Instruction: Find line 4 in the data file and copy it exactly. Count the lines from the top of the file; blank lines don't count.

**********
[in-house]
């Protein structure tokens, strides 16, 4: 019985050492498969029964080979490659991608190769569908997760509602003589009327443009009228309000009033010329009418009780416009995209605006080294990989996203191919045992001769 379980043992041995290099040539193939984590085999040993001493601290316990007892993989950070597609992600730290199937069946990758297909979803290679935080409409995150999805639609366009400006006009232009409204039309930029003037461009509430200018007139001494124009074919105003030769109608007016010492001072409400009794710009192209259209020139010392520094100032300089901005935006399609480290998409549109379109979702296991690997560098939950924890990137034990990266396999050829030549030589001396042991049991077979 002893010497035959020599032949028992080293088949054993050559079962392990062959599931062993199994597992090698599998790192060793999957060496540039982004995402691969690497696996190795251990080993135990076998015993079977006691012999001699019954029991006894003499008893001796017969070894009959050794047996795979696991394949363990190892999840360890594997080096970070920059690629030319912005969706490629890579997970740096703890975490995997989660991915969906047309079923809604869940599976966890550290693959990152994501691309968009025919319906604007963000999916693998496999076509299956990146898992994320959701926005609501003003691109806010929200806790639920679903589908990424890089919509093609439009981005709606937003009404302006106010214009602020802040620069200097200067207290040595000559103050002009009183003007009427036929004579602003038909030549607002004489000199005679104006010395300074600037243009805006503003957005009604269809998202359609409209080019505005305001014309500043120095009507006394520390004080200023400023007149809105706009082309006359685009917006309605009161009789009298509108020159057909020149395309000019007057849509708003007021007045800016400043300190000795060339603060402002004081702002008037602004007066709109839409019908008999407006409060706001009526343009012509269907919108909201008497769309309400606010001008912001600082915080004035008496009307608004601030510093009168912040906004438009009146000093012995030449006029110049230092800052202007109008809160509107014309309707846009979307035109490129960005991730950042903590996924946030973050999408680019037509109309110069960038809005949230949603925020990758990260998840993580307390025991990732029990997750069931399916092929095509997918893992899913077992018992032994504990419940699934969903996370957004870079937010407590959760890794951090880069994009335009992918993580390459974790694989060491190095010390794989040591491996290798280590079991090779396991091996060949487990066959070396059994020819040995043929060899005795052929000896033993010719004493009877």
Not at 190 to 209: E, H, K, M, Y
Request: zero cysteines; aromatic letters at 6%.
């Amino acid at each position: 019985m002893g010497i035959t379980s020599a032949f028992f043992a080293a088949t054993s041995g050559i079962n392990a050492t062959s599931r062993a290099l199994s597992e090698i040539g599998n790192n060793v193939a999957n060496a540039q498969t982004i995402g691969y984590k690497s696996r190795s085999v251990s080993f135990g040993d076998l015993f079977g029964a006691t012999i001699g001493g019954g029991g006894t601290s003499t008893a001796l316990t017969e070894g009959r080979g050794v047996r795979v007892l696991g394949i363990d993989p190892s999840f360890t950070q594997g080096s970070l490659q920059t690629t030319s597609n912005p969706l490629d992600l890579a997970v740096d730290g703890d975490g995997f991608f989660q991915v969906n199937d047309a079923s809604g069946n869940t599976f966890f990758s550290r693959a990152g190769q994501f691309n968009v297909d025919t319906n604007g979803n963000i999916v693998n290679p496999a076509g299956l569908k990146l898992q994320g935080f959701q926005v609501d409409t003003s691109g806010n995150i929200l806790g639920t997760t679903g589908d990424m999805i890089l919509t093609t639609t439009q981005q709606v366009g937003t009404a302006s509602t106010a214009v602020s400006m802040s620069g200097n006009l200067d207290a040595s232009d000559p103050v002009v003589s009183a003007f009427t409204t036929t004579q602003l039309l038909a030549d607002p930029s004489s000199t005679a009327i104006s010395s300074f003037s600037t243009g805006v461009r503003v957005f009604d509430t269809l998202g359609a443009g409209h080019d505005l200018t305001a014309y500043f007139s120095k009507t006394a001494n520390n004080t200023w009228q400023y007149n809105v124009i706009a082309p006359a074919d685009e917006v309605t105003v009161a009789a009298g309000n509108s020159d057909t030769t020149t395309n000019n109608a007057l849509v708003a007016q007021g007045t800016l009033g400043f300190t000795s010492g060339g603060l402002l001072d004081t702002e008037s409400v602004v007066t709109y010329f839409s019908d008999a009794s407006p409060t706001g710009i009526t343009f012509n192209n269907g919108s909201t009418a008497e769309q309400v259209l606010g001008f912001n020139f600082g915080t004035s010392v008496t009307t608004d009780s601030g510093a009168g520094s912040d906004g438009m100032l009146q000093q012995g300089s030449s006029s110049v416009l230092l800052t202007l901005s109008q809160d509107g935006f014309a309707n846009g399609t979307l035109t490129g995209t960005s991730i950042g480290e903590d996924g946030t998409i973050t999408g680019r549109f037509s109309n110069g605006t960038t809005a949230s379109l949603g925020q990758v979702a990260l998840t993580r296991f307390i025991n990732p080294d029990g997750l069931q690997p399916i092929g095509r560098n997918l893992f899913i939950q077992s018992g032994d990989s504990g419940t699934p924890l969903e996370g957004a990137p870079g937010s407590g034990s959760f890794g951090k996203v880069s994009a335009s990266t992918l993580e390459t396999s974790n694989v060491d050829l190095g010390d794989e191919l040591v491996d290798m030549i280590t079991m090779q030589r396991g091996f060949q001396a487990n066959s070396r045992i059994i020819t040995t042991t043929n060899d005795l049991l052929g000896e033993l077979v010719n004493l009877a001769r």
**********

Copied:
Request: zero cysteines; aromatic letters at 6%.